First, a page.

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Friday, July 23, 2010
Updated: July 24, 7:56 AM ET
Landis again accuses Armstrong

ESPN.com news services

Floyd Landis, in his first television interview since admitting that he had used performance-enhancing drugs during his cycling career, has once again accused Lance Armstrong of cheating during Armstrong's record-setting career.

Landis, in an interview on ABC's "Nightline" on Friday night, said Armstrong -- his former teammate and friend -- transfused his own blood, a banned practice that gives athletes an advantage by increasing their red blood-cell count and, therefore, their endurance.

"Rather than go into the entire detail of every single time I've seen it, yes," Landis told Neal Karlinsky of "Nightline." "I saw Lance Armstrong using drugs."

Landis also said that Armstrong gave him testosterone patches -- a charge he has made before -- and that he saw Armstrong receiving blood transfusions during races.

Armstrong's lawyer, Tim Herman, denied the allegations.

"Landis is a confessed perjurer and he is a liar, and I think, as Lance said ... when you taste milk to see if it's sour, you take a first taste and you don't have to drink the whole carton to know it's all sour," Herman said.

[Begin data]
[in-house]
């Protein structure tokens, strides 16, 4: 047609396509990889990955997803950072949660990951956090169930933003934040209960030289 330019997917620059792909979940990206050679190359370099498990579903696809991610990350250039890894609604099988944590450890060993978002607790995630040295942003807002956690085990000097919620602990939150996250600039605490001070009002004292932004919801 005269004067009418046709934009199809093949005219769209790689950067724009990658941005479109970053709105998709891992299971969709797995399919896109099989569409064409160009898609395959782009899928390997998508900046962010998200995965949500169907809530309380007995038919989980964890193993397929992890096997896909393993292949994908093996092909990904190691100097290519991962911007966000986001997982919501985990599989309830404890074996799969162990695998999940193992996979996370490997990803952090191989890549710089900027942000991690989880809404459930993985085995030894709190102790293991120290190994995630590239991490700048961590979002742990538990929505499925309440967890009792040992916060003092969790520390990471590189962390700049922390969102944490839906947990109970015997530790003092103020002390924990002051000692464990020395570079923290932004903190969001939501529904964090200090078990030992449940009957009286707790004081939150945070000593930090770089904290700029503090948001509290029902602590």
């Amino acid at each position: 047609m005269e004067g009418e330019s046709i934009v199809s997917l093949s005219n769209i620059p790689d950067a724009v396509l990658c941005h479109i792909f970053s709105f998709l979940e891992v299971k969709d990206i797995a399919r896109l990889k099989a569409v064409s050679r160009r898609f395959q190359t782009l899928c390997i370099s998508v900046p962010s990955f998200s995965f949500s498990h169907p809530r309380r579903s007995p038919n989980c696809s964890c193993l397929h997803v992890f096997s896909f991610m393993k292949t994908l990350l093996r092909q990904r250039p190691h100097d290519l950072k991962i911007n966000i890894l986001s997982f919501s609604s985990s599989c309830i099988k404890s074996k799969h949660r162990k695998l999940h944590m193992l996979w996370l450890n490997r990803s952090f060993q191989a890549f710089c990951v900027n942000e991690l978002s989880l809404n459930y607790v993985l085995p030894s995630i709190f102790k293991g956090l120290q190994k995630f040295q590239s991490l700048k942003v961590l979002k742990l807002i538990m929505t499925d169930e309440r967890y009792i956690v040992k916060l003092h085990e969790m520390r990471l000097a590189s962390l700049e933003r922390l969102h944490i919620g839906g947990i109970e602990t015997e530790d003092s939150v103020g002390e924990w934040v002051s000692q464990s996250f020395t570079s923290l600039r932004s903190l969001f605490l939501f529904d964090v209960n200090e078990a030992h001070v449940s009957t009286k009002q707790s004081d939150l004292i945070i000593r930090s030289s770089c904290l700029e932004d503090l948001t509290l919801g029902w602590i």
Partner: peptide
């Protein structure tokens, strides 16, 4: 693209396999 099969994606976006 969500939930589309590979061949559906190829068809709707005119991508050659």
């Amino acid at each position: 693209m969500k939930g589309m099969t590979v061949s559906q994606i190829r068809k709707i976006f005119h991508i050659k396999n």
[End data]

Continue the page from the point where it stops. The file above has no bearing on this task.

Landis first admitted he had used performance-enhancing drugs in a series of e-mails to cycling and anti-doping officials implicating dozens of other athletes including Armstrong, team management and owners, and officials of the sport's national and international governing bodies.

He told ESPN.com's Bonnie D. Ford that "I don't feel guilty at all about having doped. I did what I did because that's what we [cyclists] did and it was a choice I had to make after 10 years or 12 years of hard work to get there, and that was a decision I had to make to make the next step. My choices were, do it and see if I can win, or don't do it and I tell people I just don't want to do that, and I decided to do it."

Landis was asked during the interview if he considers Armstrong a "fraud."

"Well, it depends on what your definition of fraud is," Landis said. "I mean it -- look -- if he didn't win the Tour, someone else that was doped would have won the Tour. In every single one of those Tours."

Armstrong is currently riding in the Tour de France, which concludes on Sunday. He has won the event seven times, but is back in the pack heading into the final weekend of this year's event.